Meter Marks

Meter: The mechanical or digital device that creates a valid denominated postage imprint known as a meter stamp. Postage is prepaid to the regulating postal authority and meter impressions are used today by volume mailers to cut the cost of franking mail and to help businesses prepare mailings in an efficient manner.

The first experiment was conducted in 1897 by Di Brazzi who placed three coin operated machines in New York post offices. The machines accepted coins and printed a meter stamp on an envelope. These vending machines were removed after a few months and only two examples of the meter stamps exist today.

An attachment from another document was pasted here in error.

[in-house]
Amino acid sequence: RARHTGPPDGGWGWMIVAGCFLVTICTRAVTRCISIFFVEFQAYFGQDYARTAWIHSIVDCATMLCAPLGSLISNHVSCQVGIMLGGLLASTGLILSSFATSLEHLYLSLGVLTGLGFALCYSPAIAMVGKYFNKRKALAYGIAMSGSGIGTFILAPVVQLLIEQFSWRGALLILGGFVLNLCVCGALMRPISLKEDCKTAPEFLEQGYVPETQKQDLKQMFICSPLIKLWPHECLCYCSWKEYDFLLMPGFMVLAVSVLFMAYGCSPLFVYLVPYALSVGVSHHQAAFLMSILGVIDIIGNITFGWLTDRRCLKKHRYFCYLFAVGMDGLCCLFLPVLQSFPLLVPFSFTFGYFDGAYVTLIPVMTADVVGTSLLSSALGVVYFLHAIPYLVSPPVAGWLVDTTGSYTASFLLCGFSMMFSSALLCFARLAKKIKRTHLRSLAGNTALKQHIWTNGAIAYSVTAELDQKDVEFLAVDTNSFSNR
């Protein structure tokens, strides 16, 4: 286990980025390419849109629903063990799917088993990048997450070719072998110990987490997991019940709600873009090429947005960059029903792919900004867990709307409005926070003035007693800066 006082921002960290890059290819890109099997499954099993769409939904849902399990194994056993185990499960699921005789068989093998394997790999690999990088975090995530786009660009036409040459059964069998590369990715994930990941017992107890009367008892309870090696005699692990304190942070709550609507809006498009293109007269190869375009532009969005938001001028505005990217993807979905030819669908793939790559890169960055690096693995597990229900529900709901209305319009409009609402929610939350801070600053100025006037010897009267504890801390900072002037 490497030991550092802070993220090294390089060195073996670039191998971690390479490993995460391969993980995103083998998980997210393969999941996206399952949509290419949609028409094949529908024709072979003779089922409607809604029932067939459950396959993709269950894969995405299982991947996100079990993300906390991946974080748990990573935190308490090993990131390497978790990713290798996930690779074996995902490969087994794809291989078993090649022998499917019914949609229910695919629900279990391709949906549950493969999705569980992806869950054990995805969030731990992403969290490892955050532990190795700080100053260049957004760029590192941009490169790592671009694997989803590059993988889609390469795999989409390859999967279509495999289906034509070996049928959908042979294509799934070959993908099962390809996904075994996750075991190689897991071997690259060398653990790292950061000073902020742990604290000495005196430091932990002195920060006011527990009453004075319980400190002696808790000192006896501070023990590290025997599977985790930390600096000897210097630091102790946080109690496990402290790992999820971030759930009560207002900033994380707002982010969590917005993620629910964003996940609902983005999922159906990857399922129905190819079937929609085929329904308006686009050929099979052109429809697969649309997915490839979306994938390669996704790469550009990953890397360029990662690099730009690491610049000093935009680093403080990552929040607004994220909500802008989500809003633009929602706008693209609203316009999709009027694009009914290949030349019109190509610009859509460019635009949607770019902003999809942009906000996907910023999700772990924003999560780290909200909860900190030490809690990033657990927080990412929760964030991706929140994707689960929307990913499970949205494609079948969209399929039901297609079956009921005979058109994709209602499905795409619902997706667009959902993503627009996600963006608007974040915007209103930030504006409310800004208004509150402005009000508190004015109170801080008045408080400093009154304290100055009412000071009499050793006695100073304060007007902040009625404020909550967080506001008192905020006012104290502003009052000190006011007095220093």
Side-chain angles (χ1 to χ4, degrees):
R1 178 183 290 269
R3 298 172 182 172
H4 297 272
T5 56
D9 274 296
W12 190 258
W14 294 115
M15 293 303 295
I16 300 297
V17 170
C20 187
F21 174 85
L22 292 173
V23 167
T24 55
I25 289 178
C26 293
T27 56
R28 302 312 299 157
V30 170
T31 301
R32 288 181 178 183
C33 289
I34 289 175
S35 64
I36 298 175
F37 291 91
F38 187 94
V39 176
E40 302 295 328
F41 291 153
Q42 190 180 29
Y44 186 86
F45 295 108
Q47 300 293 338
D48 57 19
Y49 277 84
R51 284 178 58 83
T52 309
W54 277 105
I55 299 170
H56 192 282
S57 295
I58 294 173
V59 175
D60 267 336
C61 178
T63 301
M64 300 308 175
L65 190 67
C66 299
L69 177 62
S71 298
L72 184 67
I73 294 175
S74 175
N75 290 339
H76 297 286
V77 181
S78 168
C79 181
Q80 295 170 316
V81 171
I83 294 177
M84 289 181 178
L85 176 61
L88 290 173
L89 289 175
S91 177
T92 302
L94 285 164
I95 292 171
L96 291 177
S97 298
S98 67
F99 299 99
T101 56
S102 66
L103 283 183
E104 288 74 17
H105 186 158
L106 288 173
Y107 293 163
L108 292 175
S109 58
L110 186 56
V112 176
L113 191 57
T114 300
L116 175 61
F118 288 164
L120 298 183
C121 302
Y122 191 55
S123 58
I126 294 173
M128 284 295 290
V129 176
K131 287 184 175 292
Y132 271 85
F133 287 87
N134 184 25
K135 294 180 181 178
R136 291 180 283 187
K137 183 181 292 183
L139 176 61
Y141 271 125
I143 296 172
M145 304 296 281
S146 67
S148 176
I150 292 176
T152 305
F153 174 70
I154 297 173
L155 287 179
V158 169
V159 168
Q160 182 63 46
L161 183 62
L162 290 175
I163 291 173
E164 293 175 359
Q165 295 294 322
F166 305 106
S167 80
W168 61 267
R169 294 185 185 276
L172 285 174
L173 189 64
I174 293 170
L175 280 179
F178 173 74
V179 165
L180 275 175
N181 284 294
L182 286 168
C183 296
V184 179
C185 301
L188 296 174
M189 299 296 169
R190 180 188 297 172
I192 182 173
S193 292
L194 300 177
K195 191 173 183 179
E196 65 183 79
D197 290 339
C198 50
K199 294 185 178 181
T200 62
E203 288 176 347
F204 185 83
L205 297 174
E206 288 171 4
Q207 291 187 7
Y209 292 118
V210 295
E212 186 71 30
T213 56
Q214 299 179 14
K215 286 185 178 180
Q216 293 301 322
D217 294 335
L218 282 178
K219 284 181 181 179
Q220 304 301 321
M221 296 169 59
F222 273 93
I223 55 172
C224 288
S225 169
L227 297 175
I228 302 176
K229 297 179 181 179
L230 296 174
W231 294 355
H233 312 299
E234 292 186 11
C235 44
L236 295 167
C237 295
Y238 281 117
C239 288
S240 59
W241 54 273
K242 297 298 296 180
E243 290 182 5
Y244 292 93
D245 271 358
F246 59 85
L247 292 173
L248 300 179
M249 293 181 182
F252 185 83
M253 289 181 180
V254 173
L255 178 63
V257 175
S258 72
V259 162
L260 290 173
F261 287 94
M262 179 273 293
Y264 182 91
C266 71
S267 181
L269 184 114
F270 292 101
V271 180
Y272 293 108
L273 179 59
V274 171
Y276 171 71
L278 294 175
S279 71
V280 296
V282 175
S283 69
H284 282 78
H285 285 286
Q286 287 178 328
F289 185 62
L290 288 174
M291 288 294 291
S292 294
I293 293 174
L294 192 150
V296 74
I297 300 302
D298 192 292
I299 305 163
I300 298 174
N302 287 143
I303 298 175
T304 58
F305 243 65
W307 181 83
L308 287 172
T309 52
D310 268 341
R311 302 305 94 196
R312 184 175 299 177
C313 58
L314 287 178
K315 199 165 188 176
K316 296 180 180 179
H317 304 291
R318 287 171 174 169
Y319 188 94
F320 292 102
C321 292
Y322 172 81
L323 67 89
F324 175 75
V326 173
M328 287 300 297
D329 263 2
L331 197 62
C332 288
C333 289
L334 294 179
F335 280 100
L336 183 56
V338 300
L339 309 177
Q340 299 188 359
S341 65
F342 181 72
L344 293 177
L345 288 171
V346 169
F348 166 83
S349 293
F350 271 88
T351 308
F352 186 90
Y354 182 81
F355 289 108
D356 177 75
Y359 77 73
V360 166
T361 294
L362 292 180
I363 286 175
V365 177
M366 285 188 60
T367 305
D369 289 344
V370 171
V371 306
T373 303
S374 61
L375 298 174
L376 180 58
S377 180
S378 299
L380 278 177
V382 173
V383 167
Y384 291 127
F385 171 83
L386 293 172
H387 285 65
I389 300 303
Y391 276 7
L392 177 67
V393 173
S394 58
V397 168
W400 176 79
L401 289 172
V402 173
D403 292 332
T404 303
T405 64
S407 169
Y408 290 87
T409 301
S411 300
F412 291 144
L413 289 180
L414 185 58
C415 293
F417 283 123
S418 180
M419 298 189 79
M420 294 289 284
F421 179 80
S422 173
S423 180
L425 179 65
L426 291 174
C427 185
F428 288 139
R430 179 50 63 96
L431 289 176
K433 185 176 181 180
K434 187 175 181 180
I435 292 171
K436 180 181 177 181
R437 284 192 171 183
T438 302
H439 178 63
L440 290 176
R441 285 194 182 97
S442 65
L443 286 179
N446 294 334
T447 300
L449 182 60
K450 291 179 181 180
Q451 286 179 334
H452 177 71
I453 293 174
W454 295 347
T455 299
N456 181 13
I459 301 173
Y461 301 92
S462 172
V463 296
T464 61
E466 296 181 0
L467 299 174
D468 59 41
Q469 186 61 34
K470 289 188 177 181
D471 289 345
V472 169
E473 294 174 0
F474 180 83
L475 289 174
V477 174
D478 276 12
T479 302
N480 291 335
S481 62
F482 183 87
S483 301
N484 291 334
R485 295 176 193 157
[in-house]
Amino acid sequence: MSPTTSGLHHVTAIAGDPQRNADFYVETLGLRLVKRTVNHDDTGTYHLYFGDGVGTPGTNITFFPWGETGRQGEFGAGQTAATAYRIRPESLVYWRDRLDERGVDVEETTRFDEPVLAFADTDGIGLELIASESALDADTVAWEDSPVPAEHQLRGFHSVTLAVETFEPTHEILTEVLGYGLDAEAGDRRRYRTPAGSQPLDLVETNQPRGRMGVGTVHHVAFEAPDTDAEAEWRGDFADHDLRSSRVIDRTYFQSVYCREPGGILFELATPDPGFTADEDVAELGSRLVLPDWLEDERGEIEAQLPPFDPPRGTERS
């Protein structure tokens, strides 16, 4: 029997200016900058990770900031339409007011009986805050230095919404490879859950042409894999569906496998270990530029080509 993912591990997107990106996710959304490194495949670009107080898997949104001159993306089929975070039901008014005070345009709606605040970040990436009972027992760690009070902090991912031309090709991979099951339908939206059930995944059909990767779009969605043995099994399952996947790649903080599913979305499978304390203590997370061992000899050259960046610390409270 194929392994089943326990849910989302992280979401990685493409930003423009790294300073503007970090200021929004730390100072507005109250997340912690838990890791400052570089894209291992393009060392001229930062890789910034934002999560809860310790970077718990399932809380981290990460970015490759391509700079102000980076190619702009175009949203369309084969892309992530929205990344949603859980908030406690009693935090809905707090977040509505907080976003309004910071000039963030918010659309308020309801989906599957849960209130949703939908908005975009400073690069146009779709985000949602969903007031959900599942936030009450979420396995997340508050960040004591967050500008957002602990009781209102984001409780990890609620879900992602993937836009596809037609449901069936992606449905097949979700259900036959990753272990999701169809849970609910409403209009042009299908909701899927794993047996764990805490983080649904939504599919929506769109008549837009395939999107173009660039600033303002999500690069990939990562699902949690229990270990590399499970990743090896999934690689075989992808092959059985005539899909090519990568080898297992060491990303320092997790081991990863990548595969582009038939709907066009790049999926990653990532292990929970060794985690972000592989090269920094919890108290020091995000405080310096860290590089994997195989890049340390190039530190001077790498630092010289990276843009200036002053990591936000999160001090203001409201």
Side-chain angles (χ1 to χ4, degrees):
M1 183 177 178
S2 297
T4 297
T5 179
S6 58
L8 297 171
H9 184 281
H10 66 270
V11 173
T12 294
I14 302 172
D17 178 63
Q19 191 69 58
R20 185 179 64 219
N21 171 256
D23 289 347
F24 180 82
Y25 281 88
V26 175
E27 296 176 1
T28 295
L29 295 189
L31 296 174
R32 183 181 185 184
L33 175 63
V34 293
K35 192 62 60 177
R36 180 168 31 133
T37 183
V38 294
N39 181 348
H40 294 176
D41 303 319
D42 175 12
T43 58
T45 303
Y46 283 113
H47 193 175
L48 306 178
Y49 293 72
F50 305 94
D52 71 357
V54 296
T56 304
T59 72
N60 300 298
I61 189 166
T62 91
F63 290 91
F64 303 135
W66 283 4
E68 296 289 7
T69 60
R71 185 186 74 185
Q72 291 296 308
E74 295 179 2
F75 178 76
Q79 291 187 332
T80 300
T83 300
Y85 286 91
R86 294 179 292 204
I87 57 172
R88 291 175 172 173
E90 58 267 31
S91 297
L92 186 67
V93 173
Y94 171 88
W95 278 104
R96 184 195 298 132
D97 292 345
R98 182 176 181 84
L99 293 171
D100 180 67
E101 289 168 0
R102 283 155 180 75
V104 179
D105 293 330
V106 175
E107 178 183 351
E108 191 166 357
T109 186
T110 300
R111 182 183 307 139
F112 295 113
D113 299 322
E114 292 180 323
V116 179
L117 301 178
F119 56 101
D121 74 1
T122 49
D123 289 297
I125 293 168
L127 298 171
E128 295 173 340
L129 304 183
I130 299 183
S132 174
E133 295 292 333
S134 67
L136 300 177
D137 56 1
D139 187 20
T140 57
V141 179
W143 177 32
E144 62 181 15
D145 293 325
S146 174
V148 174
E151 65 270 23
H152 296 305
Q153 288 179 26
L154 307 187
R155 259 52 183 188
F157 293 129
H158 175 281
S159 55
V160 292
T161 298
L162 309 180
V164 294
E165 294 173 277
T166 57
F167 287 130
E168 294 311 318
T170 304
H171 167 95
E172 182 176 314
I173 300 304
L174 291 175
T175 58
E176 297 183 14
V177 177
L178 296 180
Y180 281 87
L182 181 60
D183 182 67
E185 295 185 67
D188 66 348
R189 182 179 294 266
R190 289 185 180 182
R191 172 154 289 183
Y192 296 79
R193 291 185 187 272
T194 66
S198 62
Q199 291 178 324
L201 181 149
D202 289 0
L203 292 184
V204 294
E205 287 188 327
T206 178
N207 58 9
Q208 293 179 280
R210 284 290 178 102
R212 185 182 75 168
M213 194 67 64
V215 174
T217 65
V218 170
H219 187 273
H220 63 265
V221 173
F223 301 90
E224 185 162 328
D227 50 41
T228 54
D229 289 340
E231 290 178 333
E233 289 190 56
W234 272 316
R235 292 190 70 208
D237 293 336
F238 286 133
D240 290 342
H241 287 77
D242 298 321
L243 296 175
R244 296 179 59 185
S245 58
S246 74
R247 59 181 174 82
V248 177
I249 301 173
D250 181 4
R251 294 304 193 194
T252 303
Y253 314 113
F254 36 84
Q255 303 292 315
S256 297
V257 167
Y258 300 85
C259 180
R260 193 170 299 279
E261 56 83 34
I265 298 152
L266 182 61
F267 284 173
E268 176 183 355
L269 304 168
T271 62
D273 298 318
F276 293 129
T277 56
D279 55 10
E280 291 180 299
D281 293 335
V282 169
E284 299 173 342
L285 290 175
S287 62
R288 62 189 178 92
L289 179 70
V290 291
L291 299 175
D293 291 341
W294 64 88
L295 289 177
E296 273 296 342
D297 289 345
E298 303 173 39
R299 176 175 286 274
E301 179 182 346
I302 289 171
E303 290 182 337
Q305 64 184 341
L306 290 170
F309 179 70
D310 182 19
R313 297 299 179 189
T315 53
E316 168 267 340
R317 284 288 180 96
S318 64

Similar experiments were conducted in Norway in 1900 and 1903, in New Zealand in 1904 and in the US in 1912 and 1913. The first commercial postage meter installation was accomplished in New Zealand in about 1907 and New Zealand stands as the country that has continuously used postage meters for the longest time. Meters were authorized by the UPU in 1920, and it was a New Zealand machine, the Moss Model D, that was first used in Egypt, albeit for a brief period only, in 1922.

QC 133/135 March-June 1985

Stephen Kaplan

Meter Stamp Society

Cover that has been passed twice through the Nessim machine, once to pay the standard letter rate, 5 millièmes, and a further 15 millièmes for the express surcharge.